Scanning Electron Microscopy

Scanning Electron Microscope Image of Human Blood

Light Microscope

A scanning electron microscope functions similar to a traditional light microscope. In a compound light microscope, light illuminates a sample. The light waves bounce off the sample, are focused through a series of lenses and are detected by the human eye, where the brain translates the light into an image. The light microsope's magnification is limited by the warelength of visible light. Visible light has a wavelength of several hundred nanometers and therefore, can not distinguish between objects separated by a shorter distance.

==Electron Microscope ----

An electron microscope uses electrons instead of photons to probe the surface of a sample. According to the de Broglie hypothesis, all moving matter has both wave and particle properties.
The wavelength associated with a particle is equal to Plank's constant divided by its momentum

Electrons have a smaller wavelength than visible light and therefore, can distinguish between two points a mere 1 to 5 nanometers apart. First, a sample must be dehydrated, coated with a thin layer of a conducting material and placed in a vacuum tube. Electrons are fired from a gun at the top of the microscope. The beam of electrons is focused like visible light. Electrons would be easily deflected by a glass lens, so lenses of magnetic field focus the beam. The beam is moved across the surface of the sample. As the electrons hit the surface, several phenomena occur.

Electron Microscopy

Secondary Electrons

These are electrons emitted from the sample due to inelastic collisions between the incident beam and the electrons in surface molecules. As the angle between the incident beam and the surface approaches perpendicular more secondary electrons are scattered. These electrons are detected by a scintillator, a material that emits light when bombarded by ionizing radiation, i.e. electrons. The more electrons the brighter the image. This luminescence is amplified by a photomultiplier and displayed on a computer. In this way, the topography or surface features of the sample can be seen.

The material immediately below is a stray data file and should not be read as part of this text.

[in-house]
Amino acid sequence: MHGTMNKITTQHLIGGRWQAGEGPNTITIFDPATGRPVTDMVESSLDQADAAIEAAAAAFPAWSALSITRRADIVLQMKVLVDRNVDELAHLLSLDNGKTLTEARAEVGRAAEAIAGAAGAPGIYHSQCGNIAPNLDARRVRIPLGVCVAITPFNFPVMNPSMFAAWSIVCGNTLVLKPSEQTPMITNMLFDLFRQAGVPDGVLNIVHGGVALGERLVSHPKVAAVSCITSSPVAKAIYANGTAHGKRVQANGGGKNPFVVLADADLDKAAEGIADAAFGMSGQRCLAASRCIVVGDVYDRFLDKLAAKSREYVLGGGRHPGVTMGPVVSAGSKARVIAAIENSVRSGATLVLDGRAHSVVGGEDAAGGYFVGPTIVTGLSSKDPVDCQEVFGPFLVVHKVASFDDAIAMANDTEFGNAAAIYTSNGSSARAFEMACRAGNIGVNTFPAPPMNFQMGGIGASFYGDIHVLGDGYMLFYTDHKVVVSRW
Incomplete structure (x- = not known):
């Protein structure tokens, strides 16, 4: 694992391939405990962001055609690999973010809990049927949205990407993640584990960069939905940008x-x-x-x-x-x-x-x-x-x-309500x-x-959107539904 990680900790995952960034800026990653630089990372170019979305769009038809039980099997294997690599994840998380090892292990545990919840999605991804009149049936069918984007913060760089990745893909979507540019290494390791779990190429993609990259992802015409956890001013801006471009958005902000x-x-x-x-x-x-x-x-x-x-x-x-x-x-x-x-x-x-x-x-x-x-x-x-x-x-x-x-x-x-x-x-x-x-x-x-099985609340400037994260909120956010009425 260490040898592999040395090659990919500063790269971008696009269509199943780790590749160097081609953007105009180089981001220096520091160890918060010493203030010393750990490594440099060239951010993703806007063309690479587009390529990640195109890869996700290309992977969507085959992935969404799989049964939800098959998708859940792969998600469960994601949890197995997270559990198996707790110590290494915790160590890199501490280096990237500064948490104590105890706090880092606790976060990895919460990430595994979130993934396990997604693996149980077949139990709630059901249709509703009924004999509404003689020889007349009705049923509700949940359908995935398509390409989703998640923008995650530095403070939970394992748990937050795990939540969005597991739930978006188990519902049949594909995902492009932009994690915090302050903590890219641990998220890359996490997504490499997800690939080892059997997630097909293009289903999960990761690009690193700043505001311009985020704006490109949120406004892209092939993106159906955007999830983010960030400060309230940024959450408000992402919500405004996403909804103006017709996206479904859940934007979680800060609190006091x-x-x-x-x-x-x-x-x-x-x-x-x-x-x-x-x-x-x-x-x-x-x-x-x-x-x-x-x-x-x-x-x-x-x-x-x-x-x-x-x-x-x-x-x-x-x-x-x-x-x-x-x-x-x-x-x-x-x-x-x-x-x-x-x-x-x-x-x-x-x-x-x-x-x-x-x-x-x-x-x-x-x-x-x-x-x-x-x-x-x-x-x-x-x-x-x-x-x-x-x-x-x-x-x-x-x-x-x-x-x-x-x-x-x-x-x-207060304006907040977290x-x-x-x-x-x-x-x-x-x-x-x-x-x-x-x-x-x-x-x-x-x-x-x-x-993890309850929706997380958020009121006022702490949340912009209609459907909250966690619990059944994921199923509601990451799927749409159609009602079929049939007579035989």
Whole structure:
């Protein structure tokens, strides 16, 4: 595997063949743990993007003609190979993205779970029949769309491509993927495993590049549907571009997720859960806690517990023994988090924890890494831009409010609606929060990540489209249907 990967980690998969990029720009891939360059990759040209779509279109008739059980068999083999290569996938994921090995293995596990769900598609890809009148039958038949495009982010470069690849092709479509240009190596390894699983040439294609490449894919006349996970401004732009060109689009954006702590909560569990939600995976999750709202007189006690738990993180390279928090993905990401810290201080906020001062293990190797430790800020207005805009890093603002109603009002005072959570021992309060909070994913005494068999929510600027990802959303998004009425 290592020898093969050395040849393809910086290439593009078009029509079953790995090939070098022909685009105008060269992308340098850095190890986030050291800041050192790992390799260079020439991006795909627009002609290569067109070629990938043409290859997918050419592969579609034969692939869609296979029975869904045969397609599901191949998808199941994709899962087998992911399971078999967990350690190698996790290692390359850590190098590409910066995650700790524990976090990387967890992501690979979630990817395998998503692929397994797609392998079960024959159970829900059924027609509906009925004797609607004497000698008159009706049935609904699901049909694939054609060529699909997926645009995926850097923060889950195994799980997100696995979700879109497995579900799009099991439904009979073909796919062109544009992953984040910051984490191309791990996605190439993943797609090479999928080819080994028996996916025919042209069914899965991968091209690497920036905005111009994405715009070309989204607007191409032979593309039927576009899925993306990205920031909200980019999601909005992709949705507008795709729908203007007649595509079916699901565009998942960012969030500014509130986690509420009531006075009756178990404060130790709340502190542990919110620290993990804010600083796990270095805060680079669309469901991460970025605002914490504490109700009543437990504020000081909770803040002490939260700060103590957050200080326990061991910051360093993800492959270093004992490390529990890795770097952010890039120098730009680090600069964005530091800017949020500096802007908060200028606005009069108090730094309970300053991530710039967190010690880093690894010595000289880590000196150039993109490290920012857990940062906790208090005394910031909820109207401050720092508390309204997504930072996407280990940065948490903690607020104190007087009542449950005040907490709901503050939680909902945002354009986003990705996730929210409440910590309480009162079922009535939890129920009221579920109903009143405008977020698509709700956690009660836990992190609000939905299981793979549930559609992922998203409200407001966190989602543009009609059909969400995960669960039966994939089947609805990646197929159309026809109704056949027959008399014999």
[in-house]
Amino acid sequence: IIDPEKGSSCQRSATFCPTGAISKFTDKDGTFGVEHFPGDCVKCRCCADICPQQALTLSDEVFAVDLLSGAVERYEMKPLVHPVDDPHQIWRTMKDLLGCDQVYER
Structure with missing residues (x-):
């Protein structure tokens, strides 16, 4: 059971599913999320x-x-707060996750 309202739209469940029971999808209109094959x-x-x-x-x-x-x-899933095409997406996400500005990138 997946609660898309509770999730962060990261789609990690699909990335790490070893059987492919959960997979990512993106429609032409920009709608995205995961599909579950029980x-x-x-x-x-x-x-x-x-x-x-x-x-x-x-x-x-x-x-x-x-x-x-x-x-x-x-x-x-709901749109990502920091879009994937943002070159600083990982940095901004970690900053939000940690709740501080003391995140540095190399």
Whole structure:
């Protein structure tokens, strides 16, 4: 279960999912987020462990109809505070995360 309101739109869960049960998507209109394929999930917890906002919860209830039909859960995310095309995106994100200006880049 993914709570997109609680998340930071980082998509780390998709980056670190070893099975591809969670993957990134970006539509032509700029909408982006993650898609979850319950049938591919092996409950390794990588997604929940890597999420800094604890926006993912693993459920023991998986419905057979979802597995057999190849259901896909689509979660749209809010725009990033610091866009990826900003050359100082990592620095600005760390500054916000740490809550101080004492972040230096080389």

Top: Back-Scattered Electrons Bottom: Secondary Electrons

==Back-Scattered Electrons ----

These are electron from the incident beam reflected back by elastic collisions with the surface molecules. Larger atoms, or atoms with a higher atomic number will deflect more electrons than smaller, low atomic number atoms. More electrons produce a brighter image on the scintillating detector. By analyzing these electrons the composition of a sample can be determined.

==X-Ray Analysis ----

When secondary electrons are emitted from lower energy atomic orbitals, higher energy electrons drop down to fill the empty spot. When this occurs the electron emits energy in the form of electromagnetic radiation in the X-Ray range of the spectrum. These wave energies are unique to each element, allowing the sample's composition to be more accurately determined.

==Application to Forensic Science ----

Scanning electron microscopy techniques have become increasingly used in the forensic laboratory. The SEM has been used to compare and identify the physical and chemical characteristics of trace evidence, such as gunshot residue, dust, fibers, and paint. SEM analysis has the advantage that the sample is not destroyed like in most chemical analysis. Many microscopes can now analyze hydrated, uncoated sampes by adjusting the internal pressure to dissipate charge that would normally build up on the surface.

A study by Bartelink, Weirsema, and Demaree, published in the Journal of Forensic Sciences found that scanning electron microscope analysis of dead victims can aid in identifying murder weapons. Statistically significant differences were found the widths of the entry wounds of several different knives. The application of SEM can help forensic scientists narrow the field of possible murder weapons in homicide investigations.


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"Scanning Electron Microscopy." World of Forensic Science. Eds. K. Lerner and Brenda Lerner. Vol. 2. Detroit: Gale, 2005. 598-599. 2 vols. Gale Virtual Reference Library. Gale. Watchung Hills Reg H.S.. 15 Dec. 2008 &contentSet=EBKS &type=retrieve &tabID=T001 &prodId=GVRL &docId=CX3448300497 &source=gale &userGroupName=watchunghrhs &version=1.0.

Bartelink et al. "Quantitative analysis of sharp-force trauma: an application of scanning electron microscopy in forensic anthropology." Journal of Forensic Sciences. 1 November 2001. 15 December 2008 <>.